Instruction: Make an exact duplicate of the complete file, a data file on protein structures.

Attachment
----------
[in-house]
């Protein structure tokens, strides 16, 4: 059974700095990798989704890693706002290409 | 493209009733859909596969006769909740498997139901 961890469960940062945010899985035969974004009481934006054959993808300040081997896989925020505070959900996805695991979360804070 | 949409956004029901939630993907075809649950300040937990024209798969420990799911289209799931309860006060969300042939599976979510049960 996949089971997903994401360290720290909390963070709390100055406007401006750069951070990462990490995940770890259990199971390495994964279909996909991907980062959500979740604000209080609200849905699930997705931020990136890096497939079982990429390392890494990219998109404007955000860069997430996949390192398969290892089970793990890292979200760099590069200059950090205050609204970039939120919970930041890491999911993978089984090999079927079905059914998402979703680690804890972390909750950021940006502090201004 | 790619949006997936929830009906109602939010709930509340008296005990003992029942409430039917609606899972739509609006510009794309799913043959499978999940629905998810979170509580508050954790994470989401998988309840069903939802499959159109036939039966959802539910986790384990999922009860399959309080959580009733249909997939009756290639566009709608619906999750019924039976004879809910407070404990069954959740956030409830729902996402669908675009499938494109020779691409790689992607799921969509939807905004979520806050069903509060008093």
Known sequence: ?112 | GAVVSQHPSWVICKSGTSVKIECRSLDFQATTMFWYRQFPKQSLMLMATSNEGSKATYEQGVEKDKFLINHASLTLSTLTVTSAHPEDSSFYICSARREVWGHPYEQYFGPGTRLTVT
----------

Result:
[in-house]
């Protein structure tokens, strides 16, 4: 059974700095990798989704890693706002290409 | 493209009733859909596969006769909740498997139901 961890469960940062945010899985035969974004009481934006054959993808300040081997896989925020505070959900996805695991979360804070 | 949409956004029901939630993907075809649950300040937990024209798969420990799911289209799931309860006060969300042939599976979510049960 996949089971997903994401360290720290909390963070709390100055406007401006750069951070990462990490995940770890259990199971390495994964279909996909991907980062959500979740604000209080609200849905699930997705931020990136890096497939079982990429390392890494990219998109404007955000860069997430996949390192398969290892089970793990890292979200760099590069200059950090205050609204970039939120919970930041890491999911993978089984090999079927079905059914998402979703680690804890972390909750950021940006502090201004 | 790619949006997936929830009906109602939010709930509340008296005990003992029942409430039917609606899972739509609006510009794309799913043959499978999940629905998810979170509580508050954790994470989401998988309840069903939802499959159109036939039966959802539910986790384990999922009860399959309080959580009733249909997939009756290639566009709608619906999750019924039976004879809910407070404990069954959740956030409830729902996402669908675009499938494109020779691409790689992607799921969509939807905004979520806050069903509060008093």
Known sequence: ?112 | GAVVSQHPSWVICKSGTSVKIECRSLDFQATTMFWYRQFPKQSLMLMATSNEGSKATYEQGVEKDKFLINHASLTLSTLTVTSAHPEDSSFYICSARREVWGHPYEQYFGPGTRLTVT